Umar Israilov

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Umar S. Israilov (c. 1982 – January 13, 2009) was a former bodyguard of Chechen President Ramzan Kadyrov who became a critic of the Chechen regime. He was shot and killed in exile in Vienna, Austria on January 13, 2009.[1]

Biography and murder[edit]

Israilov fought against Russian forces during the Second Chechen War, but was captured in 2003. He began serving as Ramzan Kadyrov’s bodyguard in a militia that was led by Ramzan Kadyrov's father, then Chechen President Akhmad Kadyrov.[2] Israilov claimed to have witnessed killings, torture, and other crimes by Kadyrovites including Ramzan Kadyrov and Adam Delimkhanov, who went on to serve in the Russian Parliament.[3]

In 2006 Israilov and his father, Sharpuddi Israilov, each filed complaints in the European Court of Human Rights against the Russian and Chechen governments. The case was dropped after the court sought more information but could not locate the Israilovs, who had gone into hiding.[3]

Stratfor quoted claims by unnamed sources that Israilov was murdered "by organized criminal assets in Vienna at the behest of Chechen President Ramzan Kadyrov and with Kremlin approval."[2]

After the killing, Austrian police arrested and questioned eight Chechen men who had either received or applied for asylum in Austria.[3] In February 2009 police in Poland arrested a man identified as Turpal Ali J. whom they described as an "accomplice" to Israilov's murderer.[4]

Prosecution[edit]

An Austrian court sentenced three individuals to prison for Israilov's murder on June 1, 2011.[5] Otto Kaltenbrunner, Suleiman Dadayev and Turpal-Ali Yesherkayev received sentences of life, 19 years, and 16 years, respectively.[5] Austrian police believe Chechen President Kadyrov ordered Israilov's abduction, an action that later ended in murder. Lecha Bogatirov, the man suspected of firing the fatal shots, remained at large.[5]

Controversy over "List of sentenced to death"[edit]

As reported by C.J. Chivers, a journalist for the International Herald Tribune, in August 2008 Austrian authorities interviewed a Chechen man who said he had been sent to find Umar Israilov, and that Israilov was on a list of enemies whom Kadyrov allegedly intended to have killed. The man asked Israilov "to withdraw his complaints or risk being killed and having his family killed." However the Austrians did not detain the man and did not provide protection for Israilov.[3]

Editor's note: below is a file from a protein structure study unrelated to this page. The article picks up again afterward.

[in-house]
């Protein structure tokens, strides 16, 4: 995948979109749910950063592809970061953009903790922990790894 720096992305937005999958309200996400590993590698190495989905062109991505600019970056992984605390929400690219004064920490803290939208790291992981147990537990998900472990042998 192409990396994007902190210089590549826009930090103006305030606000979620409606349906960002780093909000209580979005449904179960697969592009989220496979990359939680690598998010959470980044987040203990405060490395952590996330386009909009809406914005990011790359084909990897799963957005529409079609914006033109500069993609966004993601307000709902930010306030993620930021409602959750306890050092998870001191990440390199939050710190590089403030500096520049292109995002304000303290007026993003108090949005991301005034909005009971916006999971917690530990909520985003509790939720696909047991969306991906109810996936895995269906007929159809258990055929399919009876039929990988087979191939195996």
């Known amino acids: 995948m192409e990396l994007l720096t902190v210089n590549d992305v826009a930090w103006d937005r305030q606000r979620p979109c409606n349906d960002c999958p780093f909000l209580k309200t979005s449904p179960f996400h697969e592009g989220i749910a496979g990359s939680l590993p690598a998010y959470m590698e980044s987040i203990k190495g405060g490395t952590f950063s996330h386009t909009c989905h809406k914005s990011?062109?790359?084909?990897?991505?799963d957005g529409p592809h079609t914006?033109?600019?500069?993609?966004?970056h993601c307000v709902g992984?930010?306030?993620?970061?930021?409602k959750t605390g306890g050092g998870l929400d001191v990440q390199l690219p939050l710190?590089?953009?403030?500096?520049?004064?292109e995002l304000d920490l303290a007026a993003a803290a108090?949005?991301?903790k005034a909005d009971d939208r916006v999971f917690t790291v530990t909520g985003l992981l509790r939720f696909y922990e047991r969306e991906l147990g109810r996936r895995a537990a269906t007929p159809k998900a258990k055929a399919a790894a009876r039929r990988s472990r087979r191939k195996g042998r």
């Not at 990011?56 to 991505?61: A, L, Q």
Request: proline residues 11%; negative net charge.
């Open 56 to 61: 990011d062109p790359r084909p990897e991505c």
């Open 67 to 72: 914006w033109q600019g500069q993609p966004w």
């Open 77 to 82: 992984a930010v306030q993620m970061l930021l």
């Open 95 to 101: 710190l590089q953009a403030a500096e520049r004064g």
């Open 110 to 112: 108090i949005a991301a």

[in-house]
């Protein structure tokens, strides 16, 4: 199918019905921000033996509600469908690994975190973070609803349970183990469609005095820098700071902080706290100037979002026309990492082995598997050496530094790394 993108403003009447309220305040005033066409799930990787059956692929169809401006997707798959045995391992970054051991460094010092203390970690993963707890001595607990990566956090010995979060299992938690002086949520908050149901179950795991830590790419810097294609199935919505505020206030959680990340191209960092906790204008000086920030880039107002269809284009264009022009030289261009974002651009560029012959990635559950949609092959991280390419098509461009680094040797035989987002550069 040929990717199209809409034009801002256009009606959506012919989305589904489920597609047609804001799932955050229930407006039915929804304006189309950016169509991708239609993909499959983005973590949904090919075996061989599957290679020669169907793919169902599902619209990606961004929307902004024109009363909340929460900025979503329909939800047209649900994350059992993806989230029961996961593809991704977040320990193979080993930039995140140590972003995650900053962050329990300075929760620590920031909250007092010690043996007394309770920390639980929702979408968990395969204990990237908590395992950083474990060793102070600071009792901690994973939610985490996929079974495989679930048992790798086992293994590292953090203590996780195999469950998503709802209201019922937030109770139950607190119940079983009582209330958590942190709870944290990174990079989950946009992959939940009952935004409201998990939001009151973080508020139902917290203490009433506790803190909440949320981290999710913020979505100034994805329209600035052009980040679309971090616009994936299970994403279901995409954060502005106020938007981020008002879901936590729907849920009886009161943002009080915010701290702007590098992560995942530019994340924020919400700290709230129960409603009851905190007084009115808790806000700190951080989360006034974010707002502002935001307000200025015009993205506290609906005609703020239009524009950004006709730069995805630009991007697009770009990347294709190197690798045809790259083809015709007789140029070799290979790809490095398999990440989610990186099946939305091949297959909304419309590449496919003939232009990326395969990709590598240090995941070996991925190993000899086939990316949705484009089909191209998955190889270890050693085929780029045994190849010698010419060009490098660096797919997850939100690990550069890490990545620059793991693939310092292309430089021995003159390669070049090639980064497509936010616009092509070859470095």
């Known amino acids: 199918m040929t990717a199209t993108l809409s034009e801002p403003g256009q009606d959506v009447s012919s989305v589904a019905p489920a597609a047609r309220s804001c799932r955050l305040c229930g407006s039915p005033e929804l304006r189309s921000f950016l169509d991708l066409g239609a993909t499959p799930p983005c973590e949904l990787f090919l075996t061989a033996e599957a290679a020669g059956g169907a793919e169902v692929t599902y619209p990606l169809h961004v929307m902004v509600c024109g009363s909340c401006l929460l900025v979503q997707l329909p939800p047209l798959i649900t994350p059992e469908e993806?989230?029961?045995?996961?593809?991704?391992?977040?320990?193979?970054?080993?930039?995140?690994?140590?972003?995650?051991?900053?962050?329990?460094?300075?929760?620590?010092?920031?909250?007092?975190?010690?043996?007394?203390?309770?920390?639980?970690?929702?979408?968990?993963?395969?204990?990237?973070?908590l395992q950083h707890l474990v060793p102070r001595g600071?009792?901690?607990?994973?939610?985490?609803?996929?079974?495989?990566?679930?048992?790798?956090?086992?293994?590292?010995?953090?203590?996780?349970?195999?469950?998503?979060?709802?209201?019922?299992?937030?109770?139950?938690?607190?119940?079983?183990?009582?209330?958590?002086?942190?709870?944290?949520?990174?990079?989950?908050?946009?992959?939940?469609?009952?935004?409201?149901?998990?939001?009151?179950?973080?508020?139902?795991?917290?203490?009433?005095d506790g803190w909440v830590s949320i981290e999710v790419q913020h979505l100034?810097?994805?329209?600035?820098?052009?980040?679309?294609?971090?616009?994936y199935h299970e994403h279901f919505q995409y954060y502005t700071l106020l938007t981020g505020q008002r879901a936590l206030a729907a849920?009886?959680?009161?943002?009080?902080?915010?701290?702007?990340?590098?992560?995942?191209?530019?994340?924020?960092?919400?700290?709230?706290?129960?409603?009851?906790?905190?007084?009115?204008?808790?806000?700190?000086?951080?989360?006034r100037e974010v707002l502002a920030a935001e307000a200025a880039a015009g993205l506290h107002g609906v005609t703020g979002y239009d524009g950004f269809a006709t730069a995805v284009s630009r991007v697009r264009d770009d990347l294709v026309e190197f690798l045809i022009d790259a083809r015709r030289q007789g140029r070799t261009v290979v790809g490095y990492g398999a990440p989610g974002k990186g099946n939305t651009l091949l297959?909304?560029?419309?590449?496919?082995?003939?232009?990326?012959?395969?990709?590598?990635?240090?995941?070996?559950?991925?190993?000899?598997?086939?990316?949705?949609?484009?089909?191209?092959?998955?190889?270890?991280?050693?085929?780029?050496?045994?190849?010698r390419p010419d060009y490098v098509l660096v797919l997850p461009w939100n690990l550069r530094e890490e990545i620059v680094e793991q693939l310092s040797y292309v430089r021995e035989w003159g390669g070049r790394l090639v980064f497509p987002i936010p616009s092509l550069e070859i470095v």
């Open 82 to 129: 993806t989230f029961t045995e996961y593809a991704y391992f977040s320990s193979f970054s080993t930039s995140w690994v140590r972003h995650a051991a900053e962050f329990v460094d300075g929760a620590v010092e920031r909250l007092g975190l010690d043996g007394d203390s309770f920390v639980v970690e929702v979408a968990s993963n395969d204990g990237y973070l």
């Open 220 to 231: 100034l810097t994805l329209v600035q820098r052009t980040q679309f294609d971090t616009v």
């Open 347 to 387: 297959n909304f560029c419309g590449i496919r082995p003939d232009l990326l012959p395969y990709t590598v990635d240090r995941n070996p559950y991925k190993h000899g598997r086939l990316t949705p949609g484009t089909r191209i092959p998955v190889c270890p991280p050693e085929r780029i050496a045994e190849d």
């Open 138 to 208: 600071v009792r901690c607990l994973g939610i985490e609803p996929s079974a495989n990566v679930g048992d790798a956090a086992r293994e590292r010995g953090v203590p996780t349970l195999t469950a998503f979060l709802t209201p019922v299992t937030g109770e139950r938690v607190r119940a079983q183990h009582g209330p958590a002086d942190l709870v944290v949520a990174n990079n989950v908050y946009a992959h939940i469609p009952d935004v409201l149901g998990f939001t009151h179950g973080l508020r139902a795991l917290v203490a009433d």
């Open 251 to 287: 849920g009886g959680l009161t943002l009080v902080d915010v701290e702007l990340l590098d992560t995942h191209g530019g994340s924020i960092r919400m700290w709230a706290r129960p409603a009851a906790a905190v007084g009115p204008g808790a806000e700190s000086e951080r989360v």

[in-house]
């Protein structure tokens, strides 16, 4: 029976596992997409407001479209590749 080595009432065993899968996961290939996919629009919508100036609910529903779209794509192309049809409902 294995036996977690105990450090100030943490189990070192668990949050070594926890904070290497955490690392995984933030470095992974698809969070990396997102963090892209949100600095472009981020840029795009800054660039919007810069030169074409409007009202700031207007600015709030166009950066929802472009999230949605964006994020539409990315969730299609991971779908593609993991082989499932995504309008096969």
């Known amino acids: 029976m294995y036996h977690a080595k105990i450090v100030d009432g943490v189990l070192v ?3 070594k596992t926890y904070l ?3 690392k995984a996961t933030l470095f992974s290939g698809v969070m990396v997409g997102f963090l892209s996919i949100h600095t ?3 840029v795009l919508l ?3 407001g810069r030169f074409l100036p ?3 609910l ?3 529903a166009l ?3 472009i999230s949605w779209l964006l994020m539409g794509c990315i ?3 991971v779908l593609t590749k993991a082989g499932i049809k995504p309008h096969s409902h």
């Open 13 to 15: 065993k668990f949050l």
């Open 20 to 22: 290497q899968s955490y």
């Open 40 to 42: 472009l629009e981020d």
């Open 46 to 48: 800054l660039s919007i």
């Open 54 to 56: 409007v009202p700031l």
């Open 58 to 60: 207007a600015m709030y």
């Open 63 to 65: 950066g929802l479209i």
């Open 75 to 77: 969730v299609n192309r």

The summary of Arthur Kurmakayev's (the man previously mentioned) interrogation by the Austrian police was published by The New York Times, Le Monde and Novaya Gazeta.[6][7]

In a February 3, 2009 exclusive interview with the independent Internet media Caucasian Knot (a media project related to the Memorial society[8]), Chivers stated that "authenticity of the list of 300 natives from Chechnya, sentenced to death by President Kadyrov, which was published in the western press, has not been proved yet". He said, "I have not seen this list, so I don't know details of its contents, and this is obviously a rich area for follow-on reporting. However, I can't guarantee its authenticity"[9][unreliable source?] and stated that it's very easy to compose a false list, while sites of Chechen separatists very often publish propaganda among the actual information.[10][verification needed]

On February 9, 2009 Arthur Kurmakayev, who was questioned by Austrian police about Israilov's killing, told the Russian newspaper Novaya Gazeta that Austrian police had libeled him with a false report. Kurmakayev denied any connection with Kadyrov or the security services.[7]

Official responses[edit]

The day after the murder, The Moscow Times interviewed Timur Aliyev, an adviser to Kadyrov and a former journalist who covered the two Chechen wars extensively:

Timur Aliyev ... said by telephone from Grozny that he had never heard of Israilov.

He also expressed doubt that the murder could be an act of revenge by the Chechen leadership. "There are other Chechens, more important, known and influential, who file complaints against Russia in Europe and criticize Kadyrov, but they still walk around safe and sound," Aliyev said.[11]

On January 23, 2009, Lema Gudayev, Kadyrov's press secretary, alleged that the media had "launched a massive and deliberate campaign aimed at discrediting the leadership and the president of the Chechen Republic." According to Gudayev, "Having lost all their positions in the armed resistance to the authorities, the so-called ideologues of terrorism have launched a massive information war against Chechnya and its president, Kadyrov."[12]

References[edit]

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